The CEO of Toyota says electric vehicles (EVs) will be a big part of multi-model selection, including internal combustion engine vehicles.
- In response to the global push for fossil fuel reductions, major car manufacturers like Ford, Dodge, Honda, and Porsche have begun preparing for large-scale EV production.
- The Inflation Reduction Act invests $369 billion into climate change research and tax credits for cleaner energy.
- Automakers have responded by ramping up production on battery production, seeking out supply chains for resources, and unveiling new EV concept cars.
- Toyota CEO Akio Toyoda is less optimistic that the market will embrace EVs at the rate major automakers are pushing them out.
- While his company is one of the leading producers of clean alternatives with its Prius, he is warning that it may be unreasonable to meet California’s stated goal of a substantial reduction in gas-powered cars within the next eight years.
Why it’s Important
As we previously reported, the International Energy Agency is not projecting that the current push for clean energy is going to have an immediate impact on fossil fuel consumption. It is predicting oil demand to peak by 2035 and barely decline by 2050.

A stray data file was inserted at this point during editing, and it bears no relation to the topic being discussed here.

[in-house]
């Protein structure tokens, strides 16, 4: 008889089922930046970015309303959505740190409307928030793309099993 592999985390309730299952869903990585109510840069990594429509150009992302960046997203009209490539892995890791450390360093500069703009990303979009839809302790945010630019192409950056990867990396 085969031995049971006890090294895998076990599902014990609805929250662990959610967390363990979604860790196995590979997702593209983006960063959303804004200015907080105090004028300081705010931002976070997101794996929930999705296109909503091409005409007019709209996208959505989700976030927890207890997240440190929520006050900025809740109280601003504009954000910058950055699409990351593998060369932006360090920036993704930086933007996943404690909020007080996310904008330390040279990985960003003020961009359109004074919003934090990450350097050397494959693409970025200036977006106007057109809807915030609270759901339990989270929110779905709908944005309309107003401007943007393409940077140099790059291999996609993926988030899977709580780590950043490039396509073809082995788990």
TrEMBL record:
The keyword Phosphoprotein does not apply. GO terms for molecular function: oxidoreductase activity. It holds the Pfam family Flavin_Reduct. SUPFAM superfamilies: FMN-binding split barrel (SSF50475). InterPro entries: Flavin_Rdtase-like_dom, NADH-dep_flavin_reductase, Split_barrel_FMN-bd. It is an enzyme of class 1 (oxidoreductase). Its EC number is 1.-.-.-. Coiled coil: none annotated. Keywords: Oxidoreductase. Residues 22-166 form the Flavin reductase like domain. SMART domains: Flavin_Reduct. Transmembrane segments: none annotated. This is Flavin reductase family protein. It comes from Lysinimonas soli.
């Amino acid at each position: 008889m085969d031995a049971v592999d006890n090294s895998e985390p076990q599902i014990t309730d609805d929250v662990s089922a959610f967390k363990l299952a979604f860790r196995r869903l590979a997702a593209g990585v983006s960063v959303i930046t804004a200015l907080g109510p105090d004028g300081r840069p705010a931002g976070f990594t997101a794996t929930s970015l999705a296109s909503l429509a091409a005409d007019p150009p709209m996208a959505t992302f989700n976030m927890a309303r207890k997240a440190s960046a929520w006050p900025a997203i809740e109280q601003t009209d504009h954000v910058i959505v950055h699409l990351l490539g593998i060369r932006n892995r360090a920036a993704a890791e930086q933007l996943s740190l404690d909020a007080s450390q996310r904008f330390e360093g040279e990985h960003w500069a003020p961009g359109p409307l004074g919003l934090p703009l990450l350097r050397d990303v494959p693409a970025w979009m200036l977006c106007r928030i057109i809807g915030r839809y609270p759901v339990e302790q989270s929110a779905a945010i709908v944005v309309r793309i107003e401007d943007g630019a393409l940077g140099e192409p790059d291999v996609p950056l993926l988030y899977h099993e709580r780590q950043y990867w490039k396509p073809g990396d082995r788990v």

It is going to take a long road to convert the U.S. auto industry fully to EVs, and that will include slowly phasing out the production of new models of gas-powered vehicles over time. Oil and gas-powered vehicles will remain prominent for at least another few decades as older models remain on the road.
Toyota has promised to invest $28 billion into EV development over the next decade but hasn’t promised to fully phase out gas-powered vehicles—instead promising to introduce lines of gas-powered hybrids, hydrogen-powered, and more gas-powered vehicles in the immediate future.
“Toyota’s stance reflects the numerous and sometimes conflicting considerations for automakers, which are seeking to boost sales, serve diverse customer bases and meet increasingly strict environmental standards in many countries. The decision contrasts with that of competitors such as General Motors Co., which has pledged to go all-electric by 2035,” says Fortune.
“EVs are just going to take longer than the media would like us to believe … We have to look at the current price range and infrastructure availability and at what pace they’re going to be upgrading. Realistically speaking, it seems rather difficult to achieve,” says Toyota.